• Mark Cavendish is treated after crashing. (Getty)Source: Getty
Race ambassador Mark Cavendish abandoned the Abu Dhabi Tour yesterday following a bizarre crash in the neutral zone of stage one.
By
Sophie Smith

Source:
Cycling Central
22 Feb 2018 - 5:45 AM  UPDATED 22 Feb 2018 - 9:01 AM

Cavendish was one of four riders including Dimension Data teammate Mekseb Debesay, Leonardo Basso (Sky) and Alessandro Tonelli (Bardiani-CSF) involved in the rare race incident.

The 32-year-old was photographed sitting in the middle of the road after the crash but was able to ride back to the peloton. It was a short-lived venture, however, and he abandoned 5km into the 189km stage.

Cavendish was taken to hospital for assessment, with official race communication stating he sustained “contusive trauma to his cervical spine and right shoulder”.

The circumstances surrounding the crash during the stage and in the immediate aftermath of it yesterday were uncertain.

Speaking at the finish, Dimension Data sports director Roger Hammond believed the stack may have been down to a touch of wheels.

“They’re always the worst crashes those slow ones, you’re not expecting them and you hit the ground pretty hard whereas high speed crashes you tend to slide as any bike rider knows,” Hammond said.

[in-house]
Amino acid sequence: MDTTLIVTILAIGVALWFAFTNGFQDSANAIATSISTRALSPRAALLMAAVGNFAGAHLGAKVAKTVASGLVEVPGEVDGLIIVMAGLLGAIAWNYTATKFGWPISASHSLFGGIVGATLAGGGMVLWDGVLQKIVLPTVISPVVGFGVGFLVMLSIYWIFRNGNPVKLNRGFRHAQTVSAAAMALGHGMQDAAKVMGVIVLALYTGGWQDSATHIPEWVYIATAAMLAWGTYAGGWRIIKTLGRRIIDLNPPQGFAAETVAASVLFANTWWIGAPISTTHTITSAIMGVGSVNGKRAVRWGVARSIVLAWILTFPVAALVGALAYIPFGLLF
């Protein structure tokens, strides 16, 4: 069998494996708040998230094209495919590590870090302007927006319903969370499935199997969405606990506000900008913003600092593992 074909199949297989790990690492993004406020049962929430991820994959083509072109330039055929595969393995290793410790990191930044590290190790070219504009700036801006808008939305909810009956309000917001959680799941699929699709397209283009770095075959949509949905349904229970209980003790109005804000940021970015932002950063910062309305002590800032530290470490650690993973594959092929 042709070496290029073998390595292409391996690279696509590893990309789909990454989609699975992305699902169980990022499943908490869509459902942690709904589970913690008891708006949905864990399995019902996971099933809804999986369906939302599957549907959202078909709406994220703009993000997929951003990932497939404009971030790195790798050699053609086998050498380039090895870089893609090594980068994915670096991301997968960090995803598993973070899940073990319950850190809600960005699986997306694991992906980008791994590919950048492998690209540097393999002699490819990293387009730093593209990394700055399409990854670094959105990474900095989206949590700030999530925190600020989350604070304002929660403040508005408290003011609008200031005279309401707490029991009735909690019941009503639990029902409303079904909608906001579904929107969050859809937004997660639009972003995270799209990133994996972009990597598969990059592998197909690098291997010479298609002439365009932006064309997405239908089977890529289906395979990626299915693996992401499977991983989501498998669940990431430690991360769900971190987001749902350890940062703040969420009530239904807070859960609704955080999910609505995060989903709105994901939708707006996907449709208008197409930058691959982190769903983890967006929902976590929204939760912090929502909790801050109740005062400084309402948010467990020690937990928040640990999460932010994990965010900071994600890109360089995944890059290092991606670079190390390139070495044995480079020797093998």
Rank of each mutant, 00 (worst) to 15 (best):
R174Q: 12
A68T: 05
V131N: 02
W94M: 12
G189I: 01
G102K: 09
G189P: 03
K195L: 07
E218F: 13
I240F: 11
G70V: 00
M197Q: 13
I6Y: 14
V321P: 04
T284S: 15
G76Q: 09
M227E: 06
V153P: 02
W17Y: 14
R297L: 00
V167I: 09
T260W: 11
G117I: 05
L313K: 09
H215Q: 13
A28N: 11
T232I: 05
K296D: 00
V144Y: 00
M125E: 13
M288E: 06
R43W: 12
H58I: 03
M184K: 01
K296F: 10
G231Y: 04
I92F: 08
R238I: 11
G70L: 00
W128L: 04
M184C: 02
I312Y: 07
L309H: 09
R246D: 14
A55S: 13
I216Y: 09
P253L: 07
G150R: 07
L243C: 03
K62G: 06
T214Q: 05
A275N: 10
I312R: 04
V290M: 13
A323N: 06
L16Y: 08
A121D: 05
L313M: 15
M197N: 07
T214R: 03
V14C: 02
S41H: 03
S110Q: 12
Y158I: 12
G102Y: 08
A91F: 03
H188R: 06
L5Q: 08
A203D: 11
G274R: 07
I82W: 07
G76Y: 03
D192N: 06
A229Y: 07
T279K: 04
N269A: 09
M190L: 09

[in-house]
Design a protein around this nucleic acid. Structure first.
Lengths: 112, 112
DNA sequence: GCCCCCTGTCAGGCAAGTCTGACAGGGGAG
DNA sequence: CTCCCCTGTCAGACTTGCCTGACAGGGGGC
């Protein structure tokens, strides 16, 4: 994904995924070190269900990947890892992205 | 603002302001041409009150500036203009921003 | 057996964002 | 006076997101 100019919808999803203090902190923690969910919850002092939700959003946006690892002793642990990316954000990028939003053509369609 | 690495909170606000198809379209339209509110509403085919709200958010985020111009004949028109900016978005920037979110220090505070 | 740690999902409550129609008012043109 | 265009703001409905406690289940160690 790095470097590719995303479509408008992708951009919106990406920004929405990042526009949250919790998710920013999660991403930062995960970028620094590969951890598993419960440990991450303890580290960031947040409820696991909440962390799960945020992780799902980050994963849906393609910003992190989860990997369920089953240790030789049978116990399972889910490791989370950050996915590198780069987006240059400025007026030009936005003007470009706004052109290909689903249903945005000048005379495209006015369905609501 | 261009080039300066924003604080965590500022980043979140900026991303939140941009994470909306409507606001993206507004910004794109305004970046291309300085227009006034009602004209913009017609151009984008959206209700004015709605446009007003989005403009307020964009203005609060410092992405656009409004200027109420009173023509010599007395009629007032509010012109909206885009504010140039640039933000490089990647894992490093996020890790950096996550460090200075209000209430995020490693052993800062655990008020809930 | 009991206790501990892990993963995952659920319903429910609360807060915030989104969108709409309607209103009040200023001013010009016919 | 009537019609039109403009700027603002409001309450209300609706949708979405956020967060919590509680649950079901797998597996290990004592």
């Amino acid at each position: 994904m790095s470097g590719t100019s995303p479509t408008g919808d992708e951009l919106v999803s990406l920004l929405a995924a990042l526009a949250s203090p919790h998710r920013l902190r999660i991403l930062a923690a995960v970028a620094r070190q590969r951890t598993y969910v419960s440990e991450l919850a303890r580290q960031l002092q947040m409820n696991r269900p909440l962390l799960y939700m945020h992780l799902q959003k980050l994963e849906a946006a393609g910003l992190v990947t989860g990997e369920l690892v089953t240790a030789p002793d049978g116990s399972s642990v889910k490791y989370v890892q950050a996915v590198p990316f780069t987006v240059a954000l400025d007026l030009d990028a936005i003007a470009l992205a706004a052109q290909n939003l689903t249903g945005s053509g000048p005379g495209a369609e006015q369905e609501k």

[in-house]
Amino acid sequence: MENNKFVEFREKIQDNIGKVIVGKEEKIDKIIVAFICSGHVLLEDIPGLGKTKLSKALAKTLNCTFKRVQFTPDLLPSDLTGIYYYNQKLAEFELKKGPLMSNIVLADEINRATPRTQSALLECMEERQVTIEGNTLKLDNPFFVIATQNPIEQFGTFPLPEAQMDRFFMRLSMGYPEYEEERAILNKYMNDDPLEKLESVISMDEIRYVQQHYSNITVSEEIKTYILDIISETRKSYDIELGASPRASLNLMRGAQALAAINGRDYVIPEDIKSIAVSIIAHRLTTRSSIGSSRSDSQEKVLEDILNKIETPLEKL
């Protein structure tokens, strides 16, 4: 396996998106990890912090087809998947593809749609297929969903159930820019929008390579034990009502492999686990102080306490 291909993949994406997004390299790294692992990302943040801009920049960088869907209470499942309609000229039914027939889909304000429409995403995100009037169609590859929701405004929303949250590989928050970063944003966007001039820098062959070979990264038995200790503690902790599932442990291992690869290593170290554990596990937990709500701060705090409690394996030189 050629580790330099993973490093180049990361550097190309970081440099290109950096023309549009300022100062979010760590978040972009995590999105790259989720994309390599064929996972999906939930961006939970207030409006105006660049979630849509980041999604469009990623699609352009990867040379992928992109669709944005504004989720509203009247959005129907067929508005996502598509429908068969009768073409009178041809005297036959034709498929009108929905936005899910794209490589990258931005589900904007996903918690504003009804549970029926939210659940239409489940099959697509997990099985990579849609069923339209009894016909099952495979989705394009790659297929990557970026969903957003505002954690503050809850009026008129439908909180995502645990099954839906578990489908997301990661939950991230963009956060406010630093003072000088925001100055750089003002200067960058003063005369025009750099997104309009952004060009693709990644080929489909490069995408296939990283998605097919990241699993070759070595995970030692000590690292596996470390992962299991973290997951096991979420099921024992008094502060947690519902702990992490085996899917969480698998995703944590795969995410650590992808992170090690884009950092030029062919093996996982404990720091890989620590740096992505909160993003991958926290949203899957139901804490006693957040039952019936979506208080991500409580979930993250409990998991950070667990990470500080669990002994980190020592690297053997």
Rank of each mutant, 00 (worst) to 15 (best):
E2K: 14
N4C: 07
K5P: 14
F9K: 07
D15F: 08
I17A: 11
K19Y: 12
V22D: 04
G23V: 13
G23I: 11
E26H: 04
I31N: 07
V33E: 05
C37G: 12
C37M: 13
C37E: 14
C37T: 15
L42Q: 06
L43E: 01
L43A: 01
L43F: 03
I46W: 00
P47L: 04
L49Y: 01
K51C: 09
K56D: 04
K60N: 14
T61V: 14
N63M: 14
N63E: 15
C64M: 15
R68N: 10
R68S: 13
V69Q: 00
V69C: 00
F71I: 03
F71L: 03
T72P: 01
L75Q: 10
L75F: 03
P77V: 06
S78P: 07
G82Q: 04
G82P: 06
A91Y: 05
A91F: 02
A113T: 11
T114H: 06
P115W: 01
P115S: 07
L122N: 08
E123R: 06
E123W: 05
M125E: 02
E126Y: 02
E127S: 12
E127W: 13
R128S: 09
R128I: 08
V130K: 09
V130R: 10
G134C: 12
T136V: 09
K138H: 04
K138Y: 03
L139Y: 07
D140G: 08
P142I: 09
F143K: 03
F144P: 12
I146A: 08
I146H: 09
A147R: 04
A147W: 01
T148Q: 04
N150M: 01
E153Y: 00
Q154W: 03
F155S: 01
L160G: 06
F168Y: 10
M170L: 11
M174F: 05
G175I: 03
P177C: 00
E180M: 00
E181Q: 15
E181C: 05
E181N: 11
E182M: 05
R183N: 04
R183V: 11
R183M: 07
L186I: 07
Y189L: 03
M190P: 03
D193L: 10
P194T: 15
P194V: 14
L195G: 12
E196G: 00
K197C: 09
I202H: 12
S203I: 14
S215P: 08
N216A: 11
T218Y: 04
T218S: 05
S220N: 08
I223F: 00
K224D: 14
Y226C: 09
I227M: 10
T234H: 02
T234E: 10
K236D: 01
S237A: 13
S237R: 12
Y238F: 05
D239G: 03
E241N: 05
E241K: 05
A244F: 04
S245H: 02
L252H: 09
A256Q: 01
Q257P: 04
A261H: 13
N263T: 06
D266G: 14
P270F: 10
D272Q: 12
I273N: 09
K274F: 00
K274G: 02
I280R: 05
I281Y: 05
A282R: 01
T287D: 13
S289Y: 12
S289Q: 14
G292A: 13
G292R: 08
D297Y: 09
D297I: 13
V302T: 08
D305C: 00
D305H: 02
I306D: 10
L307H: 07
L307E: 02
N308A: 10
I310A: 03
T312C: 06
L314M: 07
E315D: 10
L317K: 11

“My discussion with Mark was with the doctors - where is he injured, where does it hurt and what are we going to do about it. How it happened, the milk was already spilt, it didn’t interest us at the time.”

Dimension Data later clarified its circumstance and Cavendish’s condition in a statement.

“It seemed the race director’s car slowed suddenly as it led the peloton out of Madinat Zayed, the reaction in the peloton saw four riders, including our Manxman, go down,” the statement read.

Dimension Data team doctor Adrian Rotunno confirmed reports the sprinter suffered a concussion.

“Mark sustained a concussion and a whiplash injury after his crash today. Due to the concussion, we were not willing to risk rider safety and the call was made for Mark to stop the race. A serious neck injury has been excluded in hospital. He currently has some concussive symptoms and neck pain, but is otherwise stable,” Dr Rotunno said.

Race organisers later said automatic brakes in the director's car were accidentally activated and indirectly led to the costly touch of wheels and noted the safety feature will be turned off in race vehicles for the rest of the tour.